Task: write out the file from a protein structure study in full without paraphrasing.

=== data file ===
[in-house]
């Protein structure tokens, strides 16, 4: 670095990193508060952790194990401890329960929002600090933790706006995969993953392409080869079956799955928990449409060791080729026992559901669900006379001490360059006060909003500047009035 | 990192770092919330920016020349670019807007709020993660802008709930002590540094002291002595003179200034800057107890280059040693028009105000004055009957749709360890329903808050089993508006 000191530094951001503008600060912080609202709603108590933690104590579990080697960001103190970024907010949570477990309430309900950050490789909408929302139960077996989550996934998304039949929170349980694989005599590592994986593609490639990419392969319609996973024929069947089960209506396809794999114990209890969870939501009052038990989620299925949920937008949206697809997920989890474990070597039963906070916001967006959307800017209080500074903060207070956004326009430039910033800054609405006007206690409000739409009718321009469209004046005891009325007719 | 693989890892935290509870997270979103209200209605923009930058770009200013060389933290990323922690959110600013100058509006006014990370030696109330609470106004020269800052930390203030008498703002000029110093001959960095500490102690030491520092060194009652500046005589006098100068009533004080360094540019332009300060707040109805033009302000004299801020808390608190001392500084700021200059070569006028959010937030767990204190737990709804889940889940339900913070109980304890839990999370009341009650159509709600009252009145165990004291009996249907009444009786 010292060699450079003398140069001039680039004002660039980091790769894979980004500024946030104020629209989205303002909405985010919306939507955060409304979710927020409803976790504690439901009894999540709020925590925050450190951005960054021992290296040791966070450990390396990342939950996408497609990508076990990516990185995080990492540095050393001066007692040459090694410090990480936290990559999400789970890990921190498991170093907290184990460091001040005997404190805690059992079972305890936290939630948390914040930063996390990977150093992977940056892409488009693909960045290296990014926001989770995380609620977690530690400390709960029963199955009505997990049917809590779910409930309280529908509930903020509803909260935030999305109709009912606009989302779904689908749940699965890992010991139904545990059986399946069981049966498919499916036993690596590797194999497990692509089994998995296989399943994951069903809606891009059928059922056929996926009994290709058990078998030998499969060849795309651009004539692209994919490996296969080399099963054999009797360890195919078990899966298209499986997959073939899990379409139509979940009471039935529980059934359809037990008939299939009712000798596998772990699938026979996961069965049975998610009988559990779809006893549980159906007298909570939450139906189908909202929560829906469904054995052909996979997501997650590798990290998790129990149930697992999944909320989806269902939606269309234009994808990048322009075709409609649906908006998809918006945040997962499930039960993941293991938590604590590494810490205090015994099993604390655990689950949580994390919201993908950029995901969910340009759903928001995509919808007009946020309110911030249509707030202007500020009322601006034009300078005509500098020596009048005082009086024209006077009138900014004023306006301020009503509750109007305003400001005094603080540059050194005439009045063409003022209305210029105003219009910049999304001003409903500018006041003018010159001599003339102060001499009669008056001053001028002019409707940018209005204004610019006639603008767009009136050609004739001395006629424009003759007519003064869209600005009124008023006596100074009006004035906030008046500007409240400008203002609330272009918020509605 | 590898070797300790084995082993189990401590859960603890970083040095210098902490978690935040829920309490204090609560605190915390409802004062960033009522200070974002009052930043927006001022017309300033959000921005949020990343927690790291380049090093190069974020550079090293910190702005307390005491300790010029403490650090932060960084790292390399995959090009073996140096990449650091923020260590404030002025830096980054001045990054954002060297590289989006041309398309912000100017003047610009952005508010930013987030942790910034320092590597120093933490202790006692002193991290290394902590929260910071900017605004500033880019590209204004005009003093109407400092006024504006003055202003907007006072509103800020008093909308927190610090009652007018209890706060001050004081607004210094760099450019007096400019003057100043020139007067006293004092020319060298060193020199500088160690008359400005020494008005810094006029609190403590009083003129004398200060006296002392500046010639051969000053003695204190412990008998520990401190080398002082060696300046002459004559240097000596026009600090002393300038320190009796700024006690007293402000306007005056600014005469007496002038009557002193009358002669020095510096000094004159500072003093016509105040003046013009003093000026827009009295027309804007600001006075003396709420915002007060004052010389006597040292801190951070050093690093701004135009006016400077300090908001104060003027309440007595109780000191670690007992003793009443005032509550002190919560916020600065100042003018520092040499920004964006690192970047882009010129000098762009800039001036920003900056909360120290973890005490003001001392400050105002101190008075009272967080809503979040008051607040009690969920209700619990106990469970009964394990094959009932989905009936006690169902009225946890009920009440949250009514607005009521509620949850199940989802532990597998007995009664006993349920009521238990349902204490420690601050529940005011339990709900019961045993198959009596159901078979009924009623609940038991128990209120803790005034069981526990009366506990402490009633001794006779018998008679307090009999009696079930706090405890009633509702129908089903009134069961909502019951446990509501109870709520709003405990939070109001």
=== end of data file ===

[in-house]
């Protein structure tokens, strides 16, 4: 670095990193508060952790194990401890329960929002600090933790706006995969993953392409080869079956799955928990449409060791080729026992559901669900006379001490360059006060909003500047009035 | 990192770092919330920016020349670019807007709020993660802008709930002590540094002291002595003179200034800057107890280059040693028009105000004055009957749709360890329903808050089993508006 000191530094951001503008600060912080609202709603108590933690104590579990080697960001103190970024907010949570477990309430309900950050490789909408929302139960077996989550996934998304039949929170349980694989005599590592994986593609490639990419392969319609996973024929069947089960209506396809794999114990209890969870939501009052038990989620299925949920937008949206697809997920989890474990070597039963906070916001967006959307800017209080500074903060207070956004326009430039910033800054609405006007206690409000739409009718321009469209004046005891009325007719 | 693989890892935290509870997270979103209200209605923009930058770009200013060389933290990323922690959110600013100058509006006014990370030696109330609470106004020269800052930390203030008498703002000029110093001959960095500490102690030491520092060194009652500046005589006098100068009533004080360094540019332009300060707040109805033009302000004299801020808390608190001392500084700021200059070569006028959010937030767990204190737990709804889940889940339900913070109980304890839990999370009341009650159509709600009252009145165990004291009996249907009444009786 010292060699450079003398140069001039680039004002660039980091790769894979980004500024946030104020629209989205303002909405985010919306939507955060409304979710927020409803976790504690439901009894999540709020925590925050450190951005960054021992290296040791966070450990390396990342939950996408497609990508076990990516990185995080990492540095050393001066007692040459090694410090990480936290990559999400789970890990921190498991170093907290184990460091001040005997404190805690059992079972305890936290939630948390914040930063996390990977150093992977940056892409488009693909960045290296990014926001989770995380609620977690530690400390709960029963199955009505997990049917809590779910409930309280529908509930903020509803909260935030999305109709009912606009989302779904689908749940699965890992010991139904545990059986399946069981049966498919499916036993690596590797194999497990692509089994998995296989399943994951069903809606891009059928059922056929996926009994290709058990078998030998499969060849795309651009004539692209994919490996296969080399099963054999009797360890195919078990899966298209499986997959073939899990379409139509979940009471039935529980059934359809037990008939299939009712000798596998772990699938026979996961069965049975998610009988559990779809006893549980159906007298909570939450139906189908909202929560829906469904054995052909996979997501997650590798990290998790129990149930697992999944909320989806269902939606269309234009994808990048322009075709409609649906908006998809918006945040997962499930039960993941293991938590604590590494810490205090015994099993604390655990689950949580994390919201993908950029995901969910340009759903928001995509919808007009946020309110911030249509707030202007500020009322601006034009300078005509500098020596009048005082009086024209006077009138900014004023306006301020009503509750109007305003400001005094603080540059050194005439009045063409003022209305210029105003219009910049999304001003409903500018006041003018010159001599003339102060001499009669008056001053001028002019409707940018209005204004610019006639603008767009009136050609004739001395006629424009003759007519003064869209600005009124008023006596100074009006004035906030008046500007409240400008203002609330272009918020509605 | 590898070797300790084995082993189990401590859960603890970083040095210098902490978690935040829920309490204090609560605190915390409802004062960033009522200070974002009052930043927006001022017309300033959000921005949020990343927690790291380049090093190069974020550079090293910190702005307390005491300790010029403490650090932060960084790292390399995959090009073996140096990449650091923020260590404030002025830096980054001045990054954002060297590289989006041309398309912000100017003047610009952005508010930013987030942790910034320092590597120093933490202790006692002193991290290394902590929260910071900017605004500033880019590209204004005009003093109407400092006024504006003055202003907007006072509103800020008093909308927190610090009652007018209890706060001050004081607004210094760099450019007096400019003057100043020139007067006293004092020319060298060193020199500088160690008359400005020494008005810094006029609190403590009083003129004398200060006296002392500046010639051969000053003695204190412990008998520990401190080398002082060696300046002459004559240097000596026009600090002393300038320190009796700024006690007293402000306007005056600014005469007496002038009557002193009358002669020095510096000094004159500072003093016509105040003046013009003093000026827009009295027309804007600001006075003396709420915002007060004052010389006597040292801190951070050093690093701004135009006016400077300090908001104060003027309440007595109780000191670690007992003793009443005032509550002190919560916020600065100042003018520092040499920004964006690192970047882009010129000098762009800039001036920003900056909360120290973890005490003001001392400050105002101190008075009272967080809503979040008051607040009690969920209700619990106990469970009964394990094959009932989905009936006690169902009225946890009920009440949250009514607005009521509620949850199940989802532990597998007995009664006993349920009521238990349902204490420690601050529940005011339990709900019961045993198959009596159901078979009924009623609940038991128990209120803790005034069981526990009366506990402490009633001794006779018998008679307090009999009696079930706090405890009633509702129908089903009134069961909502019951446990509501109870709520709003405990939070109001």